These devices have been deployed in places such as SeoulCaliforniaSingapore, and more.  There have been reports of frustration with robot police. In 2019, NBC News reported on such a device charged with patrolling a park in Los Angeles. When a fight broke out and a bystander tried to engage the robot for help, she was frustrated. A call to 911 eventually brought aid from a human police officer, but not before one of the fight participants was injured, requiring medical attention. 
Of course, that poor LA bot was perhaps hindered by being unarmed. Perhaps it would have been more assertive if it had been "equipped with explosive charges." There have been allusions over the years to the balm of "liquid courage" for humans. Perhaps "explosive charges" could provide such courage to bots? Or guns. US News reports that just across the bay, Oakland similarly tried "to arm robots with shotguns." When public attention there led to reconsideration, they armed the robot with "pepper spray" instead. It is not explosives, but does that really make it better?
Proponents have been advocating for robotic police for years. A 2007 journal article reported that the third generation of robots had arrived. It described these as "capable of making real-life decisions and acting upon them." While such a device might be directed by a human being, there is the vision for them to act autonomously. It is frankly a scary proposition that we might actually be answerable to our "new robot overlords." As these "generations" of technology continue to evolve, where will we humans end up? Autonomous car? Where is the flying car George Jetson promised me decades ago?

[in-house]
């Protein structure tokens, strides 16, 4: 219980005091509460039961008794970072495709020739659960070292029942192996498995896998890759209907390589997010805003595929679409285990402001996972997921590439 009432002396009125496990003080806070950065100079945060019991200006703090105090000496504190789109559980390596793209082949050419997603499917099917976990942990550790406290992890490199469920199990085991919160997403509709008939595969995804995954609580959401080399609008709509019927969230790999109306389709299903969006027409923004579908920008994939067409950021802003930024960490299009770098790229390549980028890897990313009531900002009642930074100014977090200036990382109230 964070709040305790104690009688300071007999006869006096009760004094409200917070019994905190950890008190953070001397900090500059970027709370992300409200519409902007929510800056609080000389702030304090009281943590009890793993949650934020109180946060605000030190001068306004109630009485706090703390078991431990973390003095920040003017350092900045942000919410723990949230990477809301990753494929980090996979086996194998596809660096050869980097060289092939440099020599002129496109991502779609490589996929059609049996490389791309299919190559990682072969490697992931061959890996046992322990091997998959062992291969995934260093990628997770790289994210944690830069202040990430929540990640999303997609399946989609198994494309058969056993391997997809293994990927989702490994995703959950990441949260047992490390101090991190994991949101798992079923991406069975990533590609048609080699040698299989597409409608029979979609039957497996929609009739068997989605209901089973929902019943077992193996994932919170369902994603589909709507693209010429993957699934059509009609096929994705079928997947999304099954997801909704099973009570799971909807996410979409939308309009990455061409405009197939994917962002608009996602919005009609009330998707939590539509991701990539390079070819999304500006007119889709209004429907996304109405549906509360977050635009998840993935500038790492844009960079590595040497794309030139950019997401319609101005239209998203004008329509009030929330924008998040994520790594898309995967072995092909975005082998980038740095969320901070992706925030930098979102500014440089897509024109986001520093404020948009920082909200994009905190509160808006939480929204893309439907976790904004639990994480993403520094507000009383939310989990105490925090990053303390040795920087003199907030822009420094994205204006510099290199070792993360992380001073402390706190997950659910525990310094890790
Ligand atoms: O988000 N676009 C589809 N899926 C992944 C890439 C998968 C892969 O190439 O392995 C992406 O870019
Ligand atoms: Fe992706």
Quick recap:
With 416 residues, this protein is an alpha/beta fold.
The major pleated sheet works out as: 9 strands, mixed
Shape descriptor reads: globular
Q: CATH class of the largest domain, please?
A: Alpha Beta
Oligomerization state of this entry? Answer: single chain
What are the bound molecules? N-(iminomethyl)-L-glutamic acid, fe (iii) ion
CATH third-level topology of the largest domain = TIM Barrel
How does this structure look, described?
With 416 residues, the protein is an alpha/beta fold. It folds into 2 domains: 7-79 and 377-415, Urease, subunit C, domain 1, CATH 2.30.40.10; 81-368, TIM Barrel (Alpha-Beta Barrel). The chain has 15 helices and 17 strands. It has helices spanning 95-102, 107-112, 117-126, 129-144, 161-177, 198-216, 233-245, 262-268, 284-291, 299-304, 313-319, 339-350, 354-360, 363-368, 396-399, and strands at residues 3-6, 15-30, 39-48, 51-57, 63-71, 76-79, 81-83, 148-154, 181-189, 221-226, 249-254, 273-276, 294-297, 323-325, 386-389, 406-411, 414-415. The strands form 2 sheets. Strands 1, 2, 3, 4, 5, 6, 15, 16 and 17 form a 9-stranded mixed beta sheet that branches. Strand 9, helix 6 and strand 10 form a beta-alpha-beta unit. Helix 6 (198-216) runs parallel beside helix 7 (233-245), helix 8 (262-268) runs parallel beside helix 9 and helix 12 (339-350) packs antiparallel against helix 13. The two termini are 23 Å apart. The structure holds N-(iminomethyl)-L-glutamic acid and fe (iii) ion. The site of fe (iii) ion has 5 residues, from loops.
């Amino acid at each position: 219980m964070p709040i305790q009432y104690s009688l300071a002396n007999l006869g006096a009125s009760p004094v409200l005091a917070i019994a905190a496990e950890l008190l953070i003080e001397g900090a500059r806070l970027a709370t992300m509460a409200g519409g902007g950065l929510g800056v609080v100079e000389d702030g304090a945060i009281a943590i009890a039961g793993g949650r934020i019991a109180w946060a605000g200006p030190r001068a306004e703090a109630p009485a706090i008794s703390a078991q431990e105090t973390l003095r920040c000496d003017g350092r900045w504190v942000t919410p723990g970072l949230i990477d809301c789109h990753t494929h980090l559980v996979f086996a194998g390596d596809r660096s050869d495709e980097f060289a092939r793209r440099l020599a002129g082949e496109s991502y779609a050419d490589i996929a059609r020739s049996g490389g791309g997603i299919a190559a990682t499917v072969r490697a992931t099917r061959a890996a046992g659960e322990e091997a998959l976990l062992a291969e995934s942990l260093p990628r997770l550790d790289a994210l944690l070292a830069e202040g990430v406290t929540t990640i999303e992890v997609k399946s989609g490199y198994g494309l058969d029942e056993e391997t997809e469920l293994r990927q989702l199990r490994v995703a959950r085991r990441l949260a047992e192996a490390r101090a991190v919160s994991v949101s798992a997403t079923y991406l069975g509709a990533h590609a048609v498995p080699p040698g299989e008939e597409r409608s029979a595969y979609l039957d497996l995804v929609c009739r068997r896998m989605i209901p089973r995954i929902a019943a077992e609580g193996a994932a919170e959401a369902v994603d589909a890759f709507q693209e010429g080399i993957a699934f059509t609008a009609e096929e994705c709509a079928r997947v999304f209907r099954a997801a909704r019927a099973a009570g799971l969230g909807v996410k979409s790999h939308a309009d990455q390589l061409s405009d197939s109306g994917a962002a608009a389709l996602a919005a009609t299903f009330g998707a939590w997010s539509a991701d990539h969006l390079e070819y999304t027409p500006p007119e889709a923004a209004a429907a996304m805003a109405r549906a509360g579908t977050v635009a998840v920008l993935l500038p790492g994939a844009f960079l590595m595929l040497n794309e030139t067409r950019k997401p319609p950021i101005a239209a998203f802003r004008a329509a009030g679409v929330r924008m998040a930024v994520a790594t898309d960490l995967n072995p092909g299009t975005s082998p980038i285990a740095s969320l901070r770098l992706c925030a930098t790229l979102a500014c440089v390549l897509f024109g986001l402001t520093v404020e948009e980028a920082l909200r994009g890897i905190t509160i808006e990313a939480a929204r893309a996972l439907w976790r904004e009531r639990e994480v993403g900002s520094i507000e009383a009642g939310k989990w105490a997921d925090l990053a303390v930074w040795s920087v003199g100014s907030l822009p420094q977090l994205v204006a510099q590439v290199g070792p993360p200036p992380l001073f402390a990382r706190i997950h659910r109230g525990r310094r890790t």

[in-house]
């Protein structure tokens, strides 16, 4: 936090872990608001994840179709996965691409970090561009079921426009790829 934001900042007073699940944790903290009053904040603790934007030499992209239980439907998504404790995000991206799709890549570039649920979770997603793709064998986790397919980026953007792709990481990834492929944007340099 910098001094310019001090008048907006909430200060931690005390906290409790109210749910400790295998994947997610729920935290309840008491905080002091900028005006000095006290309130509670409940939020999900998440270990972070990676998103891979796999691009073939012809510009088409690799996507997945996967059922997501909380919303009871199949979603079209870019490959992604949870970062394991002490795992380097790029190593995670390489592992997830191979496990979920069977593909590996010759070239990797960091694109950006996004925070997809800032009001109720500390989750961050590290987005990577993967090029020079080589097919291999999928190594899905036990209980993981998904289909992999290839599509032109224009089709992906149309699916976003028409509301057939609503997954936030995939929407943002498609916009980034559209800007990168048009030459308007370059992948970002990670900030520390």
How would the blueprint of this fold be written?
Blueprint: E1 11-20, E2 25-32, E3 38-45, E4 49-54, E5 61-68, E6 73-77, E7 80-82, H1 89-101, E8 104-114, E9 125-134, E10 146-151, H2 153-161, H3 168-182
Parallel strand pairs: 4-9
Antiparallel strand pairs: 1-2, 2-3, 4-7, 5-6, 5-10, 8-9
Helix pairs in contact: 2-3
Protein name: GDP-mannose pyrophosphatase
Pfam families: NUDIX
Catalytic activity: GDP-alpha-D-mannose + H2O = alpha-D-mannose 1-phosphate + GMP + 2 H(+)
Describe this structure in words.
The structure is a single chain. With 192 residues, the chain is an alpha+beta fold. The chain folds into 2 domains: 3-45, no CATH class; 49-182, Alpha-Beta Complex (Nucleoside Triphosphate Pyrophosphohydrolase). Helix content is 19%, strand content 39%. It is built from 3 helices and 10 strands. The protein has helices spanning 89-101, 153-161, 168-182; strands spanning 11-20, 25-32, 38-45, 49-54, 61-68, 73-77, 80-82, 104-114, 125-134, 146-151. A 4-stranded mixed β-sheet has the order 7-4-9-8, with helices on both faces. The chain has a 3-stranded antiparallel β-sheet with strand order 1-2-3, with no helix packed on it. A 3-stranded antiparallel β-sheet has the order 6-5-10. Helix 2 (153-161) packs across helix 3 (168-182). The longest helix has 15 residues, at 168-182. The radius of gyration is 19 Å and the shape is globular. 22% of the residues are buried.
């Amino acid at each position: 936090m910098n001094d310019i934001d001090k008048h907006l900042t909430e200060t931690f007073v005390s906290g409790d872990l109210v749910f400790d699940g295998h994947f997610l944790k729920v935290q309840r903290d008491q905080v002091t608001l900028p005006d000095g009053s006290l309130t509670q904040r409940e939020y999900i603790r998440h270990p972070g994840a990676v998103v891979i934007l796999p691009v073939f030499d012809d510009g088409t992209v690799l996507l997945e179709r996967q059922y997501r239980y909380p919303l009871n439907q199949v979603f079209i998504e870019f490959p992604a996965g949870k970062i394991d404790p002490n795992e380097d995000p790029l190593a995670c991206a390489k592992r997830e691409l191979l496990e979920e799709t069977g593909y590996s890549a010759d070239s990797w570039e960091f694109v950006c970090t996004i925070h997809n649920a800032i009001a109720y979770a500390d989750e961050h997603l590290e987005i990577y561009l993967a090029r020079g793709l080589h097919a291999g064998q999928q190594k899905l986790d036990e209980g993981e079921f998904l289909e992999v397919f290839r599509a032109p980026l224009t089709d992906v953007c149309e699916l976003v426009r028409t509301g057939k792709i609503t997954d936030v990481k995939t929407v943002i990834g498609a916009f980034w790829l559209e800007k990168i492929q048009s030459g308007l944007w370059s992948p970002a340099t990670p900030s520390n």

But, as I polished this post for publication, The Guardian reports on December 7 that 
"San Francisco lawmakers voted to ban police robots from using deadly force on Tuesday, reversing course one week after officials had approved the practice and sparked national outrage."

This "national outrage" apparently included local protests in San Francisco. US News reports that some there held signs reading "We all saw that movie... No Killer Robots." It is unclear if that is a reference to "Robocop," "Terminator," or "The Streets of San Francisco," but apparently the sentiment was clear to the local government. In repealing the prior endorsement of killer robots, the San Francisco leaders sent the proposal back to a committee and may debate the idea again in the future. Perhaps the city can return to its former fame of excrement, urinals, and expensive waste cans?

As I upload this post, I can hear Emily Latella (Gilda Radner, RIP,  "never mind"). But, the other half of my brain is wary that the issue of arming robots will be raised again. 
Killer robots, autonomous cars, and the potential for ongoing human involvement in the world in which we live. As Cheryl Crow advised: "Raise a glass and say 'These still are the good old days.'"
By Judge David Langham
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    About The Author

    • Judge David Langham

      David Langham is the Deputy Chief Judge of Compensation Claims for the Florida Office of Judges of Compensation Claims at the Division of Administrative Hearings. He has been involved in workers’ compensation for over 25 years as an attorney, an adjudicator, and administrator. He has delivered hundreds of professional lectures, published numerous articles on workers’ compensation in a variety of publications, and is a frequent blogger on Florida Workers’ Compensation Adjudication. David is a founding director of the National Association of Workers’ Compensation Judiciary and the Professional Mediation Institute, and is involved in the Southern Association of Workers’ Compensation Administrators (SAWCA) and the International Association of Industrial Accident Boards and Commissions (IAIABC). He is a vocal advocate of leveraging technology and modernizing the dispute resolution processes of workers’ compensation.